Architects in the Know: Insulation

Quality, cost, and effectiveness are important factors in considering which insulation products to use on your latest design/build. Continuous Insulation (ci), for example, is now prescribed by the International Energy Conservation Code (IECC) in more than 90% of the buildings across the country. An outgrowth of ASHRAE 90.1 which began in 2009, these standards have since been established (since 2012) as the base for energy efficiency minimums.


According to the Department of Energy, as evidenced by the image below, a majority of states are now actively working to bring new commercial buildings to these new standards, and in several states, above standard.

Credit: Energy Codes map from the Department of Energy


Types of insulation used in ci:

The envelope or wrap of a building consists of many layers, most of which provide some level of insulation. From the steel or wood frame to the insulation fill, be it rock wool or recycled clothing to rigid foam panels, and all the exterior cladding be it stucco, brick, or siding: these all play a role in the strength, efficiency, and durability of your building’s exterior structure.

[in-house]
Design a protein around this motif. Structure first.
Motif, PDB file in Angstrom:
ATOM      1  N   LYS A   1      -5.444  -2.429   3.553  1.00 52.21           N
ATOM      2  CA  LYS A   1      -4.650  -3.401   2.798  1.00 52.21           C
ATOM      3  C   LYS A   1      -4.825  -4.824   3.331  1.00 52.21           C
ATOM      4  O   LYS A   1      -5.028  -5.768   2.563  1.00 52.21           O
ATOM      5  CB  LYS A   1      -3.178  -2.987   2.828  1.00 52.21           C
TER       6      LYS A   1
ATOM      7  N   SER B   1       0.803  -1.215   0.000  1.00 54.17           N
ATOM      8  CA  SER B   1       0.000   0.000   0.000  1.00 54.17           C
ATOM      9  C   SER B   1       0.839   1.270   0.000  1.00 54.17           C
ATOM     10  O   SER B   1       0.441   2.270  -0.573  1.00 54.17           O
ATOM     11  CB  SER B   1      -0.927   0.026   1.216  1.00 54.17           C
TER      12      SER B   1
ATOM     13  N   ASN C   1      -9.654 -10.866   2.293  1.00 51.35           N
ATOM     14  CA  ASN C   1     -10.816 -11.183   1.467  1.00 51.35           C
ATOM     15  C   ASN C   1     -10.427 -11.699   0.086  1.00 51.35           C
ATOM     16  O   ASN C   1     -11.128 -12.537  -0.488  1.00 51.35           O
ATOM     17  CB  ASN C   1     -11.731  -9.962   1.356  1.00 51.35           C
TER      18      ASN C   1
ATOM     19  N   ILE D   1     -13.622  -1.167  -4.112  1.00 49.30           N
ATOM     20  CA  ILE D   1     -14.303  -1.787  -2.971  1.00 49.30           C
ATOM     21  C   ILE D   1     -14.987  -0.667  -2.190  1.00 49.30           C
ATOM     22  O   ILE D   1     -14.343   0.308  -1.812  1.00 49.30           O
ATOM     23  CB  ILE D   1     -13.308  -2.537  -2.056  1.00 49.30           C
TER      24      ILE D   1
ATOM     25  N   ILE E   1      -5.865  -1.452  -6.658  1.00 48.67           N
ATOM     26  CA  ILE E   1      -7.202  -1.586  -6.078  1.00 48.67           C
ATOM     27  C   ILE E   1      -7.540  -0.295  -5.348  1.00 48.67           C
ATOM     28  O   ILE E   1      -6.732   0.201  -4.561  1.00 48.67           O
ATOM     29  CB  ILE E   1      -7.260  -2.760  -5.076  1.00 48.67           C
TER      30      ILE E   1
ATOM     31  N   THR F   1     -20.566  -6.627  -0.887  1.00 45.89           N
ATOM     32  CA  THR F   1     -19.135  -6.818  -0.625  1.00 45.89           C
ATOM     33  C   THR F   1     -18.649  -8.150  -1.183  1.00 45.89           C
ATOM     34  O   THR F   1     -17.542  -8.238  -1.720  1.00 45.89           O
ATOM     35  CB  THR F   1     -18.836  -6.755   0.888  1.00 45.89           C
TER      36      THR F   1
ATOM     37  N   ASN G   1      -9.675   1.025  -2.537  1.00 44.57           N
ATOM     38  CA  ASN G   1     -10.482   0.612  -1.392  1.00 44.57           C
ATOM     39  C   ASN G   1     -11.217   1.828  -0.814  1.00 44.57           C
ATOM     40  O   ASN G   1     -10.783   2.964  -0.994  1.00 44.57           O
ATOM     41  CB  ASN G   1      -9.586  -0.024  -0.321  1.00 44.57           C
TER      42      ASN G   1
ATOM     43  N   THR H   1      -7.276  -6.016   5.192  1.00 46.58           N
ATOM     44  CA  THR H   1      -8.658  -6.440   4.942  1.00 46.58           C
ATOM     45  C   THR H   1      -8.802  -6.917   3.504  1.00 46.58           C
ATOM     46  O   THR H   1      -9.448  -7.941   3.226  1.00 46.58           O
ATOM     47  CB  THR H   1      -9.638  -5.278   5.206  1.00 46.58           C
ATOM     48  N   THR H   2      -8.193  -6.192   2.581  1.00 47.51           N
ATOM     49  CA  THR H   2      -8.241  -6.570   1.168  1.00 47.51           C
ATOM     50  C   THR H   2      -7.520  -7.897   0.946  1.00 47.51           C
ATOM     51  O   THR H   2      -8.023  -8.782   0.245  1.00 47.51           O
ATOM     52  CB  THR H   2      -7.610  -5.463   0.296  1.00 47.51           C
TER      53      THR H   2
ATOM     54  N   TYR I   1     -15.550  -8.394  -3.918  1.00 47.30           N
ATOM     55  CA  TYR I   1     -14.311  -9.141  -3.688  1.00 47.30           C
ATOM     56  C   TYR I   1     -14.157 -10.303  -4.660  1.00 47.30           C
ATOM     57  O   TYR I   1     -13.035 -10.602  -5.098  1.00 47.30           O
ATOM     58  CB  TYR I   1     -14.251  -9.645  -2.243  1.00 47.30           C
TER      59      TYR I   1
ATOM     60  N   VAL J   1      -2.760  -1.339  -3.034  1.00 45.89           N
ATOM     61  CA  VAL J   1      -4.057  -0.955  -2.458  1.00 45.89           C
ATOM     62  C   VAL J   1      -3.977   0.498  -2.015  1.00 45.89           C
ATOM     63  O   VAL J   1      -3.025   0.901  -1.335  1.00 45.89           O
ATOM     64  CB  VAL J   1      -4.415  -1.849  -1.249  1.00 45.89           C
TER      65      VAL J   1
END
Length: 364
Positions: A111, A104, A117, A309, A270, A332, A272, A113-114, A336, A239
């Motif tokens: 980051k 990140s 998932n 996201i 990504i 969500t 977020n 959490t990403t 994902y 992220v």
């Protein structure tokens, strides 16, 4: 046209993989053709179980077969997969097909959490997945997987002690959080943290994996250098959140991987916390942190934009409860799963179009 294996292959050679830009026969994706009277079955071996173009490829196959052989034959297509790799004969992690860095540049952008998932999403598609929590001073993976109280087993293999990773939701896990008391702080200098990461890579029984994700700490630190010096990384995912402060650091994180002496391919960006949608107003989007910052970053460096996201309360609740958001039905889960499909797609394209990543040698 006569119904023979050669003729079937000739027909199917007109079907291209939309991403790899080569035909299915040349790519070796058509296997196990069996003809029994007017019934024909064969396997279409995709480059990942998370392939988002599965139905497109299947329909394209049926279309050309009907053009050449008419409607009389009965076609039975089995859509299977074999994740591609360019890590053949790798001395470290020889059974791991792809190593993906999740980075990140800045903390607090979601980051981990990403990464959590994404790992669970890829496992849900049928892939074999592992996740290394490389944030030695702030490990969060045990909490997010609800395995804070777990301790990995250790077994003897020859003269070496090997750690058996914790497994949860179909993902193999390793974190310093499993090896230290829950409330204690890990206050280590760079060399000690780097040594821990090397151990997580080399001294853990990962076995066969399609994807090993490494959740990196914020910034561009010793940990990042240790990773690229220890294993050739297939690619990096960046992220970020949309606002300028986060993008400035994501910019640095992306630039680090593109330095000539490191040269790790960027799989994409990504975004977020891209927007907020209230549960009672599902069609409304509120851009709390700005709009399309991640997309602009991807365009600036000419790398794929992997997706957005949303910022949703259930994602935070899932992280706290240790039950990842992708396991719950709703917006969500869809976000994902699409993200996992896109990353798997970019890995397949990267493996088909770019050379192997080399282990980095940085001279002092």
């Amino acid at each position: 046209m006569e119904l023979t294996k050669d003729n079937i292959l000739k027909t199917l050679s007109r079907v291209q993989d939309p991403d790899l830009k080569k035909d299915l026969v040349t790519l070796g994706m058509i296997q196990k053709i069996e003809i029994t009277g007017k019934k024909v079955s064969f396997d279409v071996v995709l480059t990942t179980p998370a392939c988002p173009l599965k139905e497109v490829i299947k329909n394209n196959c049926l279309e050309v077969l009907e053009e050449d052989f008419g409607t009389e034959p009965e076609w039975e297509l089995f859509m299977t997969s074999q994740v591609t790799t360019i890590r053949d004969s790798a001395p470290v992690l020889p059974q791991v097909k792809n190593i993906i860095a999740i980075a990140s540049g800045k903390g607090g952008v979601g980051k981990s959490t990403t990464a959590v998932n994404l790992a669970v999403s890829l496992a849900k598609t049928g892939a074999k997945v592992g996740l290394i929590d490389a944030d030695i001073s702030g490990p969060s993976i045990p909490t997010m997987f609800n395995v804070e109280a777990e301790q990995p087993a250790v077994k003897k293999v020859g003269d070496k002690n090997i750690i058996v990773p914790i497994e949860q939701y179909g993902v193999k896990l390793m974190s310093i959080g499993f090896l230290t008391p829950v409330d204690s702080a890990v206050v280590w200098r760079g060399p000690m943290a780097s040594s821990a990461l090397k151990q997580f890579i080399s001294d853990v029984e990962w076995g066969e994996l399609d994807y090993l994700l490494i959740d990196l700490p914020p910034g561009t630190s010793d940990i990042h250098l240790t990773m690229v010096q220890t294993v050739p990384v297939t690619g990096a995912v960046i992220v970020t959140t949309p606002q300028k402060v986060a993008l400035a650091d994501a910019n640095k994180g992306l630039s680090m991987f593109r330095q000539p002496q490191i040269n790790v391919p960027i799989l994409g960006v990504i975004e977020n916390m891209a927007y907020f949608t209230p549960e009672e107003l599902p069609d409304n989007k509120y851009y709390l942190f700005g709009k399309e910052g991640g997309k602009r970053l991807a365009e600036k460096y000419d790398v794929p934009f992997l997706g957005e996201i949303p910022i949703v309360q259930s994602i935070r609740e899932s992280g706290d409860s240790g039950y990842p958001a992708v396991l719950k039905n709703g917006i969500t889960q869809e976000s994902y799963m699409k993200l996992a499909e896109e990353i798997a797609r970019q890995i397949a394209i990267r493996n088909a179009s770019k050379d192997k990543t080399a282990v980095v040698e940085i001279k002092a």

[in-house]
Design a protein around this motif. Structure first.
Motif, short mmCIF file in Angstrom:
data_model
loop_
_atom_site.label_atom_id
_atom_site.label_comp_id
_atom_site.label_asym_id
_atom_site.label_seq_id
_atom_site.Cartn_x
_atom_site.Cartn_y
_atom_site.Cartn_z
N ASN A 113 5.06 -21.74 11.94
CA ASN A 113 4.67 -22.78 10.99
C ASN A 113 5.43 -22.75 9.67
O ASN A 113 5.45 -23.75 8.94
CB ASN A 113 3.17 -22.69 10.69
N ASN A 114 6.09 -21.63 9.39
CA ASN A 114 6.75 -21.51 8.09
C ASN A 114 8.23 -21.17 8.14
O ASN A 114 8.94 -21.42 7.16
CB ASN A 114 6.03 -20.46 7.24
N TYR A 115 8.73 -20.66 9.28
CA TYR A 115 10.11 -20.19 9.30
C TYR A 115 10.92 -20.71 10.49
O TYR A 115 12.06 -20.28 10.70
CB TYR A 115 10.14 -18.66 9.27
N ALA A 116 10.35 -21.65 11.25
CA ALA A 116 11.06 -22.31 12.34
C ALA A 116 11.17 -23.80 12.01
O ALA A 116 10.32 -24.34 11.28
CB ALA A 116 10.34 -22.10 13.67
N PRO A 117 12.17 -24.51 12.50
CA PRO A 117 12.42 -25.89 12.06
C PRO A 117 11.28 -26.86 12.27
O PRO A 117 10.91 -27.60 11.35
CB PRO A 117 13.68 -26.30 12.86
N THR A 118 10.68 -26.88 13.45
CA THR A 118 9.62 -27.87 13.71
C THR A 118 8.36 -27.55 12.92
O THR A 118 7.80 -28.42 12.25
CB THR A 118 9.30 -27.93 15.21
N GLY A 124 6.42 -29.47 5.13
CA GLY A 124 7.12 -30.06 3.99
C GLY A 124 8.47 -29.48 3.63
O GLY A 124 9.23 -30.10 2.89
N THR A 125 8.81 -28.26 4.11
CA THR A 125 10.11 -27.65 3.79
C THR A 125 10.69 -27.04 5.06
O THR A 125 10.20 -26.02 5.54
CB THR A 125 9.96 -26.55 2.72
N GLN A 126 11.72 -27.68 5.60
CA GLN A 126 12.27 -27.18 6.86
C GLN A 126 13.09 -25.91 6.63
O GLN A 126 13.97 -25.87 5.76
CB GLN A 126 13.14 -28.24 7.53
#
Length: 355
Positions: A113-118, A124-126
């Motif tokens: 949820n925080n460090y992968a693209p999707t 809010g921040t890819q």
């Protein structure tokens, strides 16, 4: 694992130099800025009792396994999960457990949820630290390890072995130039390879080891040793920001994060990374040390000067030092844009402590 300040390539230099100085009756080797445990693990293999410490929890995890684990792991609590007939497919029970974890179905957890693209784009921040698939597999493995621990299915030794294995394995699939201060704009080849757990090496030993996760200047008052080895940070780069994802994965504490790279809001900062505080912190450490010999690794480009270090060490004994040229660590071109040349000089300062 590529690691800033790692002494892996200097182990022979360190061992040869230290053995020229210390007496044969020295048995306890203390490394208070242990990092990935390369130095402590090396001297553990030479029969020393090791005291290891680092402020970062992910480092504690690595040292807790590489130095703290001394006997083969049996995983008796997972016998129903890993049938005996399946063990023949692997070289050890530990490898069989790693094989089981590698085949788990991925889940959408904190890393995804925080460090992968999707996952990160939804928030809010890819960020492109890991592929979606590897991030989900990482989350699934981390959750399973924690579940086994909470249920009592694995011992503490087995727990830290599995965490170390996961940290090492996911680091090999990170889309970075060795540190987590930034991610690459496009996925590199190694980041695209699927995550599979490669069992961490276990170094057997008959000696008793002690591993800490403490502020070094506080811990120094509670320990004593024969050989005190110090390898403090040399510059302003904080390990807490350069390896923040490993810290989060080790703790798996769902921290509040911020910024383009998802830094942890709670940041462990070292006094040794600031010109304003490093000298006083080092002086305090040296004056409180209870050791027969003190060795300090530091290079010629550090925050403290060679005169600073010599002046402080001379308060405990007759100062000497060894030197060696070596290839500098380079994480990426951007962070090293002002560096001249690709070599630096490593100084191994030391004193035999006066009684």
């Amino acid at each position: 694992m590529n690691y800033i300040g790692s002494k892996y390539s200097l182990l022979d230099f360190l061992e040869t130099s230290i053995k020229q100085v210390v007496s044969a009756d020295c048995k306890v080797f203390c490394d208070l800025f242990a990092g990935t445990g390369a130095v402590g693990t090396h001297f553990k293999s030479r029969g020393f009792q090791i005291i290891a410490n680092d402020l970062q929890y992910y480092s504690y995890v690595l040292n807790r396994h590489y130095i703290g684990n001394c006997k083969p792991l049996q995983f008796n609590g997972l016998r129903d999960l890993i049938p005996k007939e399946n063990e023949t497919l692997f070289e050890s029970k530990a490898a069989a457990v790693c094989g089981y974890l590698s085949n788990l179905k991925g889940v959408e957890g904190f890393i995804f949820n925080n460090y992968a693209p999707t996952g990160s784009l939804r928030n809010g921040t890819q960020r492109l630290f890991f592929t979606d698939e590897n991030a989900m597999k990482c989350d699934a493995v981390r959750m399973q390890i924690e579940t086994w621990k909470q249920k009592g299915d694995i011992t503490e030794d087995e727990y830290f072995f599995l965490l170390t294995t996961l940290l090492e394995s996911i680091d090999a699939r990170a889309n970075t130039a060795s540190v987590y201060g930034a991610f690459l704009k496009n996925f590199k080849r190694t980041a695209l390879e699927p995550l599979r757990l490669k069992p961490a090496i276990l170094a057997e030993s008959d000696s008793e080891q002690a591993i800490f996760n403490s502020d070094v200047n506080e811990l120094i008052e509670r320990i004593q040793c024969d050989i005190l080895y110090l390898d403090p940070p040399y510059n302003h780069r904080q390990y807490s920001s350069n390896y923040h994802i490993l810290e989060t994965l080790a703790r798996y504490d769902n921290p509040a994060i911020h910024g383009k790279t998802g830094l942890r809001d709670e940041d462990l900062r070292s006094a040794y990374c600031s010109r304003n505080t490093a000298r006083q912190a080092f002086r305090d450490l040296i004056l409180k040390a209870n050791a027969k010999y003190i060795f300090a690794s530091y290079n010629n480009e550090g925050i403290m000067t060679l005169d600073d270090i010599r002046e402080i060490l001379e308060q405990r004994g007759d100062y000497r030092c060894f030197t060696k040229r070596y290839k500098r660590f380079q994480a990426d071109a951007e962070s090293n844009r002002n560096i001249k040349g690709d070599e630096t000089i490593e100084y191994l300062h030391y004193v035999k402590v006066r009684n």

Proper sealing and insulation a home or business continues to rank as one of the primary means of cost-effectively saving energy while simultaneously increasing the structure’s comfort level. According to the International Association of Certified Home Inspectors (InterNACHI), reducing leakage in the building’s envelope dramatically improves comfort, air quality and efficiency. A properly wrapped structure will also endure the rigors of the elements longer, which reduces costly maintenance and upkeep.

Critical to your design and installation of exterior insulation is how they rate in the NFPA 285: the standard fire test. How long can your insulation withstand high-intensity flame? Today’s mineral wool (also known as rock wool or slag wool) can withstand temperatures of up to 1,800 degrees Fahrenheit without melting, making it one of the more fire retardant products on the market.

More information on cavity and continuous insulation (ci) requirements:

Energy Codes on insulation: here.

Energy Star insulation: here.

Durability and Design report on EIFS: here.